Can our Practice be a Refuge?
Dear Friends, Hi.
I spent two weeks on the west coast this summer, in Seattle at a Teen Talking Circles facilitators training and then 10 days of silent retreat at the Mindfulness Yoga and Meditation program that I am a part of at Spirit Rock Meditation Center, just outside of San Francisco. During those two weeks, I had some profound healing, and one of the biggest insights coming out of my time was a sense of self-compassion.
Some of what I released in my time away was my compulsive drive for self-improvement. After the retreat, I continue to hold deep intentions for living each moment, and I even have goals for the future, but what changed was that I now have a visceral sense that I am complete. As the Buddha said, "Each and every being, perfect and whole, just as they are, lacking nothing." It seems to me that the only thing that most of us are lacking is the knowledge that we aren't lacking anything!
So what does all of that have to do with our yoga practice? Well, for one thing, we can look into how we approach our practice. When we sit down on our yoga mat, at home or in a group class, how do we feel and what thoughts arise? Are we using yoga to try to improve our bodies or our minds? Are we starting off with a sense that we're not ok how we are, and that we need to change something (or everything)? How does all that grasping for self-improvement feel? I have found myself, less often now than before my retreat, feeling anxious ("How do I compare to others?"), sad and frustrated ("Why can't I be better?"), and fatigued due to constantly trying to be something different than I was.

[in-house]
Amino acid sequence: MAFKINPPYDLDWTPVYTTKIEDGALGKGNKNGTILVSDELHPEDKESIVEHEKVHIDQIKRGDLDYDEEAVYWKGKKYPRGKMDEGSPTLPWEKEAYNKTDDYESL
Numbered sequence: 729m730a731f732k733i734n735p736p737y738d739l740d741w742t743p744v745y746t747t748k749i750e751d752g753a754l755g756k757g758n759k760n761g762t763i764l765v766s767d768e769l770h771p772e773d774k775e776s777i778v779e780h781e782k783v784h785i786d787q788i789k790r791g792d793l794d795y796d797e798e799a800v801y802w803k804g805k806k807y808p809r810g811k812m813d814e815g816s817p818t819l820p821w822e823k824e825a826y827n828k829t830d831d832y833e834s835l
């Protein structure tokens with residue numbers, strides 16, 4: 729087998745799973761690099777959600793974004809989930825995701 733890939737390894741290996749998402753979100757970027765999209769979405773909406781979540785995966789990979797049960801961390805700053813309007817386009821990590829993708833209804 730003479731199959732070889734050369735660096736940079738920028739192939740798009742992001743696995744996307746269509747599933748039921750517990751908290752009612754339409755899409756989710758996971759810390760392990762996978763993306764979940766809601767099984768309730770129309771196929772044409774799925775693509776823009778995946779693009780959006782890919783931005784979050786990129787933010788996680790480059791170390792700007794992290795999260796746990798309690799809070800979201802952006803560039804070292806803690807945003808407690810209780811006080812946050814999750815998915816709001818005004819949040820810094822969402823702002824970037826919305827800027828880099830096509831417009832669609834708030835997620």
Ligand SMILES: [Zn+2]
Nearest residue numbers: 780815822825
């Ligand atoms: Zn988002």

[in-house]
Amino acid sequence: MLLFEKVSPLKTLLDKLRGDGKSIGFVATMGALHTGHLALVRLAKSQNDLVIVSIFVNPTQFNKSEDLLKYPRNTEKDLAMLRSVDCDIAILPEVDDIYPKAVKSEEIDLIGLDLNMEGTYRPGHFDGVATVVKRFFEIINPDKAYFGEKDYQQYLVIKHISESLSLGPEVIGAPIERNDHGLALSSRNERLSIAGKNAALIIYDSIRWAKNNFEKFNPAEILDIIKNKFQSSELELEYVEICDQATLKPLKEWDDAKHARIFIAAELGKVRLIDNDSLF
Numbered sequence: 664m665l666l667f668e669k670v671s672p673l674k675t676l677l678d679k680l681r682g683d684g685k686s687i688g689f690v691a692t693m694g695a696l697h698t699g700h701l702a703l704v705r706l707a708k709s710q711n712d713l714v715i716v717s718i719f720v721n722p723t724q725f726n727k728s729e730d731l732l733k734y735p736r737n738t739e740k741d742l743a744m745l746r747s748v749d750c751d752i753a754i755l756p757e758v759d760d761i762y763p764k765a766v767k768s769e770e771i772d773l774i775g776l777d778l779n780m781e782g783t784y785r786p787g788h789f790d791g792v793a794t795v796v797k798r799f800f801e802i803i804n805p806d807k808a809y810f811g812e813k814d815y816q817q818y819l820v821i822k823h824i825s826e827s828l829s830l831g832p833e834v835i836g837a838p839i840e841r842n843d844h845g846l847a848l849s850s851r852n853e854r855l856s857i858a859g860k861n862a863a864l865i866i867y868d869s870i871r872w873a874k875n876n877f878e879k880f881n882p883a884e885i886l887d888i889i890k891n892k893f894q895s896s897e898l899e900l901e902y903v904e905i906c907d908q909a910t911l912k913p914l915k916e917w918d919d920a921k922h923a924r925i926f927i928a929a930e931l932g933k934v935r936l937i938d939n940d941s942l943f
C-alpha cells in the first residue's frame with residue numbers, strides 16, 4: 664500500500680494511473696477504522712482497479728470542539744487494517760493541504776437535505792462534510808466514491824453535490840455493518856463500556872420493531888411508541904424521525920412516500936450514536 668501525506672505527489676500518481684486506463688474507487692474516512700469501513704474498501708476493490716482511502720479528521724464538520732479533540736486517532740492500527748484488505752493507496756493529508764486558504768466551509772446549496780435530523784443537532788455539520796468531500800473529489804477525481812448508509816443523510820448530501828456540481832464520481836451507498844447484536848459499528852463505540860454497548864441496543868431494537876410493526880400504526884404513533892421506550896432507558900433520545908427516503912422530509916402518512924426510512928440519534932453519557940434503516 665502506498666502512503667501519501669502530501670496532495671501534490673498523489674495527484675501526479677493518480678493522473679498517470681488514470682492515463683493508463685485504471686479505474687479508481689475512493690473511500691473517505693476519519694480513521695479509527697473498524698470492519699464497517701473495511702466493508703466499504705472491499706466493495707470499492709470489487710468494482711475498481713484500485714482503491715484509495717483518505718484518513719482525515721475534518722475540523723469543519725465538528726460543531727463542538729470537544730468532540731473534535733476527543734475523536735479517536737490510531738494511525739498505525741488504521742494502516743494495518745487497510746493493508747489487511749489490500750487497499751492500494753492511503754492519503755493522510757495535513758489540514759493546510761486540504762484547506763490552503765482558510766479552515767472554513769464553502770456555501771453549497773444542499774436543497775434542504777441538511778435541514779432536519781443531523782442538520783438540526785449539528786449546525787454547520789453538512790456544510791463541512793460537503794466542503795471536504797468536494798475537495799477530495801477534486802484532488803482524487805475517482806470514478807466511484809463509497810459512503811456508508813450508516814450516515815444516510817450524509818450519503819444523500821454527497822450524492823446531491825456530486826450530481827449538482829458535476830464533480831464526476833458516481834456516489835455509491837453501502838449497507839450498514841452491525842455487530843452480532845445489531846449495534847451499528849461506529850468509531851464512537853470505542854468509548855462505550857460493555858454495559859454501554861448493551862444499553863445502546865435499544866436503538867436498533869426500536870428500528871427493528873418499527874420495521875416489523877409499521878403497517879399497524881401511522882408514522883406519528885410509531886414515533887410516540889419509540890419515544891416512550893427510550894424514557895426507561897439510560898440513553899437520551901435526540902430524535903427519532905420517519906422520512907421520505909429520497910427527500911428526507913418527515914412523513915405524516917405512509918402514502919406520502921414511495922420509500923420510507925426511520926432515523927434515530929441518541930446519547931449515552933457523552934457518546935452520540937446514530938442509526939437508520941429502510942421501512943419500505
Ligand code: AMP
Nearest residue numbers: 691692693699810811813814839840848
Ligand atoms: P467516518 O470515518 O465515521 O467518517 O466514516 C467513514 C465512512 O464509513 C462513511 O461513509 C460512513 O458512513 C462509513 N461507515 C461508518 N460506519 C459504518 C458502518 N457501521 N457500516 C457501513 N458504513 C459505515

One of my teachers in California, Anne Cushman, asked us this: Can our yoga practice be a refuge from the stress of our lives? Can we use our practice to care for ourselves, balance our energies, and meet our own needs? While thinking about these questions, I had the vision of a baby learning to walk. We encourage the baby because we are so excited to help them learn something new and liberating. We assume that they will fall down, and we even celebrate when they do fall. Have you ever seen a parent reprimand their baby, learning to walk, "What!? You fell again! What an idiot. You'll never get this!" And yet, if you're like me, you may have reprimanded yourself on the yoga mat in just this way.
Yoga is a journey, just like learning to walk, that leads us into more and more freedom. And we are just as precious and just as tender as a little baby. When we practice yoga without awareness of our preciousness, we keep ourselves trapped in our small self and unable to reach the freedom we long to enjoy. As Jack Kornfield, Buddhist teacher and author says, "Self-acceptance is at least half of our spiritual path." What would your life be like if you held yourself with the same self-delight in which you would hold a little baby?
So may we all enjoy the remaining weeks of summer in whatever way nourishes our bodies, minds, and hearts, with all the tenderness and self-delight we are able to offer ourselves in this moment.
much love, annie.